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Waste Water Injection Well

Posted on: March 8th, 2014
by David Ganje

Will Texas Send Another Trend To The Bakken?


             Texas often leads the way in American oil and gas law.  Currently, the Texas Supreme Court is wrestling with a wastewater injection well case that may send precedential shockwaves across the nation. North Dakota (ND) maintains approximately 470 disposal wells.  Oral argument on the Texas case was held in January. This is the second time the Texas Supreme Court has been asked to review the same case.  FPL Farming Ltd. v. Envtl. Processing Sys., L.C. involves a landowner bringing a trespass claim concerning a wastewater injection well used to dispose of non oil and gas waste.  The landowner alleges the well is causing the migration of the injected wastewater into the landowner’s property some 8,000 feet below the surface. The landowner also claims that migrating wastewater is damaging the quality of the aquifer. The wastewater well was dug about 400 feet from the landowner’s property. 


     Will this second bite at the Texas apple by the Texas Supreme Court affect the Bakken?  I have some comments about such a possible outcome:  1.While not argued actively in the Texas court appeal briefs, the court record in that case shows a settlement payment made to, as well as a signed pre-well settlement agreement by, the landowner. A pre-well settlement was reached based on an objection filed by the landowner at the prior well permit application hearing.  2. ND has an established set of oil and gas regulations and water law that actively manages groundwater. ND law asserts public ownership of much of ND’s water resources including aquifers. By contrast Texas grants more private rights of ownership to subsurface water.  3. ND follows the heaven to hell ownership principal of land in which everything above and everything below the surface is owned by the surface owner. This rule of law is however not absolute. ND has addressed  the concept of subsurface trespass in a hydrofracking context in the Farrar case.  In that case the ND Court determined that state public policy in favor of the development of natural resources trumped a claim for trespass filed by a nonconsenting mineral rights holder.  4. The alleged harm to the landowner’s aquifer in the Texas case is based upon conjectural extrapolations, and is not in the nature of ‘hard evidence’ as we say on the street. At oral argument one of the judges stated, “I’m having a hard time wrapping my head around the issue of how much would be owed and when it would be owed.”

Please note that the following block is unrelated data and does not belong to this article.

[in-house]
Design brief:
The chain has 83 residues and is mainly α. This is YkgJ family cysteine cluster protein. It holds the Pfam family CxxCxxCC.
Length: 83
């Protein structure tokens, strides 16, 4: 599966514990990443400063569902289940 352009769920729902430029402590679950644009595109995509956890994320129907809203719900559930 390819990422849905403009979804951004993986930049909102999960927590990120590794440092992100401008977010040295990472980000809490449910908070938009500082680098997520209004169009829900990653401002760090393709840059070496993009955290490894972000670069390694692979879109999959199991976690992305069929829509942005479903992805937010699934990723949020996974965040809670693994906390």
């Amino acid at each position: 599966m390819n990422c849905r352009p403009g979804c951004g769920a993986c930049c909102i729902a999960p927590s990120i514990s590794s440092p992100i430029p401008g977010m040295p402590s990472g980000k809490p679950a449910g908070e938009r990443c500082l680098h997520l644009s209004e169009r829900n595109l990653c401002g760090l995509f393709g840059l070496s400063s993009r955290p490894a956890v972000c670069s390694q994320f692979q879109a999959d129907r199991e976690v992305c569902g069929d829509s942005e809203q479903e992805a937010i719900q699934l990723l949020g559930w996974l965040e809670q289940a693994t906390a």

While ND courts have in the past looked at Texas oil and gas precedent, my comments suggest that ND may not be as eager to follow any new precedent coming out of the FPL case.



David Ganje of Ganje Law Offices practices natural resources, environmental and commercial law in North Dakota and South Dakota. Web:  lexenergy.net

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